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Thread: How? Where? Help?

     
  1. #1

    Question How? Where? Help?

    Hey People,

    New here. I'd appreciate any/all advice on this. Thanks in advance.

    I forgave a debt and as a result ended up with big boxes full of sports cards and sports memorabilia (some signed, etc.) I'm not at all a collector and know nothing about any of this stuff.

    How/where, etc. do I go about converting this stuff back into cash? I thought of eBay, but that would seem to take forever and involve a lot of monkeying around. I talked with a guy about a table at a card show, but again, I wouldn't know what to price stuff and I'd just as soon not be cheated...and quite honestly, it too sounds like a lot of monkeying around.

    I live in Minnesota.

    Please let me hear from you. Thanks.

  2. #2
    First, you need to figure out if there are any good cards in the bunch. Buy yourself a Beckett magazine at a bookstore. Or you can get the same info on-line for free. Here's how.
    https://www.sportscardforum.com/showthread.php?t=187055

    The good stuff you should sell separately. Actually, ebay is your best bet. If you take it to a dealer, he will not give you as much as a 'normal' collector. If you try a card show, you will be disappointed. ebay has the widest market for you.

    The rest of the stuff (i.e. the "junk"), just sell as a lot on ebay or sell to a dealer.

    Just my 2c.
    - Andy

    Beckett Basketball Plus Super Collector - Spring '06
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  3. #3
    It sounds like you're in the same situation as SCF member kerri28. You might want to read her thread for some suggestions. From the posts on that thread, it appears that its gonna take a lot of time examining and listing cards if you want to maximize the cash return. Potential buyers always want to know what they're buying. Details such as set name, player name, book value, and condition are pretty important. If you don't have the time or will to extract this information then you'll have to take someone else's word for card info/values and hope they're honest. It may also surprise you to learn that regular base cards produced in the late 80's through early 90's are considered practically worthless even though they are almost 2 decades old. That's because the card companies way overproduced those cards and there's not much demand for them. Cards with certified autographs or with pieces of game-used materials are more in demand and will get you a bit more interest from potential buyers. Let us know you did. Good luck!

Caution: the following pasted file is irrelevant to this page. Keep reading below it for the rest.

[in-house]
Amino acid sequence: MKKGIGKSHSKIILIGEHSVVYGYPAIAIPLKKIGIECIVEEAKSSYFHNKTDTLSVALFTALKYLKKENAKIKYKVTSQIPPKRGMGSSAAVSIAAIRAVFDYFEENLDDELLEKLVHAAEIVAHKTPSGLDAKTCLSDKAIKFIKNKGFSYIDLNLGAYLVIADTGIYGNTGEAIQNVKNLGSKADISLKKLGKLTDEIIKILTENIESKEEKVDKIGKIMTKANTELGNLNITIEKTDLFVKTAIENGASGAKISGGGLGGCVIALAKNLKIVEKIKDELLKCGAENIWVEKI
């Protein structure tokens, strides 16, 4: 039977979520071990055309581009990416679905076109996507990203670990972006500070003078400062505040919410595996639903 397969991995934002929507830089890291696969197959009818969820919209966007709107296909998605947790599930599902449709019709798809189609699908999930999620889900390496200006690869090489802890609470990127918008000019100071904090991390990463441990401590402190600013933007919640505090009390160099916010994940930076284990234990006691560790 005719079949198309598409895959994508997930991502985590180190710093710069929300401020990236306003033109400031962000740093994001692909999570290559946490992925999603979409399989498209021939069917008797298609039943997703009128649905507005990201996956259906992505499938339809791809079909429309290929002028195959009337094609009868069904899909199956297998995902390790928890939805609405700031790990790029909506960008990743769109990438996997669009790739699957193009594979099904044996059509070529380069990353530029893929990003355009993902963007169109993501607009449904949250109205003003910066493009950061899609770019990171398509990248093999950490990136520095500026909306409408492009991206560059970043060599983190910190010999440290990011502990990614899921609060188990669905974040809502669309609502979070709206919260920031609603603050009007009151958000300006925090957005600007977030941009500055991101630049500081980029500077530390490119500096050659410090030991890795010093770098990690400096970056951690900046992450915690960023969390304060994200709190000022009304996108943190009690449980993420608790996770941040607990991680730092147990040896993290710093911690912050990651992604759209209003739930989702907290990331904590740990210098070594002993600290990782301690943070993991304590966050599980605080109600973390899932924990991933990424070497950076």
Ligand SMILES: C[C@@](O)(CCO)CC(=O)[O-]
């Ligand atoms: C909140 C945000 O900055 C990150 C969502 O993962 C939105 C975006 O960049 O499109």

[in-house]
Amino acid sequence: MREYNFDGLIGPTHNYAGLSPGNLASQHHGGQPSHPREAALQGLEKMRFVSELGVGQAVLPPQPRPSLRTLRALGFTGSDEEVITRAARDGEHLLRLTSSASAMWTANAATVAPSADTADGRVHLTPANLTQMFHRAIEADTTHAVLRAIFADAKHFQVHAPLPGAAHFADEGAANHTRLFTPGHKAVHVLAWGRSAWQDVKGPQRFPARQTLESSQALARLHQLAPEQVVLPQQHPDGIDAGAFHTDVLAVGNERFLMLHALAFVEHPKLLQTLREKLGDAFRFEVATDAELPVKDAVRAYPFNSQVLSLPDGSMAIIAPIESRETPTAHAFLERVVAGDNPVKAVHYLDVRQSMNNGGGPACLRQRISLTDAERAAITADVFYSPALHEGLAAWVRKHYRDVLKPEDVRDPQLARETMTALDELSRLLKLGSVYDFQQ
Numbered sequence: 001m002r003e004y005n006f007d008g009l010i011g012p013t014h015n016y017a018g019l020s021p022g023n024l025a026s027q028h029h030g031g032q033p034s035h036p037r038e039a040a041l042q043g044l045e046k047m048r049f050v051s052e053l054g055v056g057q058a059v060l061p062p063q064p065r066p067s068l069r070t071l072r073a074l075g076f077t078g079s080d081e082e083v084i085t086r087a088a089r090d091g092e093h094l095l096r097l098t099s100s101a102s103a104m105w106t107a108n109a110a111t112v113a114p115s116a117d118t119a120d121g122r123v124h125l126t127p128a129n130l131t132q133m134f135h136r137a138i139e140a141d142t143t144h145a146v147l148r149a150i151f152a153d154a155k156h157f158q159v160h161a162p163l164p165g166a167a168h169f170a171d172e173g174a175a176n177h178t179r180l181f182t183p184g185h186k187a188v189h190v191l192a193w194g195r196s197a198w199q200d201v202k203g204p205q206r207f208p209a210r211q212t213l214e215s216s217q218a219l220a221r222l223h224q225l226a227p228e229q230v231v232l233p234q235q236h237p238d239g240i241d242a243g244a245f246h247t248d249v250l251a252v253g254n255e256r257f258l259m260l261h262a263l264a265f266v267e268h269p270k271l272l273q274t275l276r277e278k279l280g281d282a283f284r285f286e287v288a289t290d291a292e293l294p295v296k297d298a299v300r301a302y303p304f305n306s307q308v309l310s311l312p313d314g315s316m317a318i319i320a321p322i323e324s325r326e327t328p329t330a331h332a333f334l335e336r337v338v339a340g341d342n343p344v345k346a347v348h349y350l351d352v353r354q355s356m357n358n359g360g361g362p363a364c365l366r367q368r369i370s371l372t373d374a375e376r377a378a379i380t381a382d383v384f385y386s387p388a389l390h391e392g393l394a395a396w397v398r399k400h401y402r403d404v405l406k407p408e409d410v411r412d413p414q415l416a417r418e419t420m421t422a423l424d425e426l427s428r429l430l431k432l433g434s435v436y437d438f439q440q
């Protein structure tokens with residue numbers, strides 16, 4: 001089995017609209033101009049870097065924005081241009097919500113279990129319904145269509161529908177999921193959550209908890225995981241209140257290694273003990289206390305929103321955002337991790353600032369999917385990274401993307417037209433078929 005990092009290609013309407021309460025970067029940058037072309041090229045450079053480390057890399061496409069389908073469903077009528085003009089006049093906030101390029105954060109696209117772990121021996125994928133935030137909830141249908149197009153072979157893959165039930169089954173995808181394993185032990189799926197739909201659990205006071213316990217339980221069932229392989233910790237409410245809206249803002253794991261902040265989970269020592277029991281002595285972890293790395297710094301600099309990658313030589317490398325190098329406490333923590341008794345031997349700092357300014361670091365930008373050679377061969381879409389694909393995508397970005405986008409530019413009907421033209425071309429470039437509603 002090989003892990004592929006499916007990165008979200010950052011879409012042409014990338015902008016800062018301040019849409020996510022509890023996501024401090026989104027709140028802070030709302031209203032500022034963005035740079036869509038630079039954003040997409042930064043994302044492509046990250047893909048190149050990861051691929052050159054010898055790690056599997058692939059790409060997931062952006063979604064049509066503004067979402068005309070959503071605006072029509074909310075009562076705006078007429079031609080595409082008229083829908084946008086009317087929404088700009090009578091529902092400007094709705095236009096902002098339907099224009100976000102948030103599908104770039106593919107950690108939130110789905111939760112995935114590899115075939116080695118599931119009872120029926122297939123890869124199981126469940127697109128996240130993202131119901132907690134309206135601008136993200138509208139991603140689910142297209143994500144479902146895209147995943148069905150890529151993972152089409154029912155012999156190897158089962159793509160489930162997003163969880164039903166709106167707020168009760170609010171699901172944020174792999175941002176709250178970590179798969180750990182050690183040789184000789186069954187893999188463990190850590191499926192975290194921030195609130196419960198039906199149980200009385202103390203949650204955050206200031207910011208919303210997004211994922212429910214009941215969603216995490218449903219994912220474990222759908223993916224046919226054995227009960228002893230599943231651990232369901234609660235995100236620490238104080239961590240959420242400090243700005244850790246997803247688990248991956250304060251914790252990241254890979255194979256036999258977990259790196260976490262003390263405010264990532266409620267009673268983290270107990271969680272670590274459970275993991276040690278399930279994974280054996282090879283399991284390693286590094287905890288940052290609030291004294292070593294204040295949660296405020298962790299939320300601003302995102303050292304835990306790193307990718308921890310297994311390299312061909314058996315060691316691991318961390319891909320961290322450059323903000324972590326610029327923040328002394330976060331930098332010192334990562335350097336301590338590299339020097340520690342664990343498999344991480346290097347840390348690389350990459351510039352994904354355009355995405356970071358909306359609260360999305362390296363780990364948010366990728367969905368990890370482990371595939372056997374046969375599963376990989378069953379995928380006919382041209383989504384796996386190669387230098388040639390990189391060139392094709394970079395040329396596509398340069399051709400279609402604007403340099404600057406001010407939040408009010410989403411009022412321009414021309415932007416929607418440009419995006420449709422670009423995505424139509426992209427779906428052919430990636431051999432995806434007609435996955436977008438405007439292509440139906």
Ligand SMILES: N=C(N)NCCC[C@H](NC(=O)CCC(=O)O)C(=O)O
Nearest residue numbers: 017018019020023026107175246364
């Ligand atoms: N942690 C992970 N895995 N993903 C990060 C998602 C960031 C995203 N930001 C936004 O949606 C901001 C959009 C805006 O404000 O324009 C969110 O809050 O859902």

Andy

  4. #4
    I may be interested in any Rickey Henderson cards you might have!
    Tim
    Rickey Henderson stats. 1973/7328 = 26.92% 170 GU, 8 Auto
    Sean Casey stats. 1132/2672 = 42.37% 121 GU, 56 AutoHidden Content
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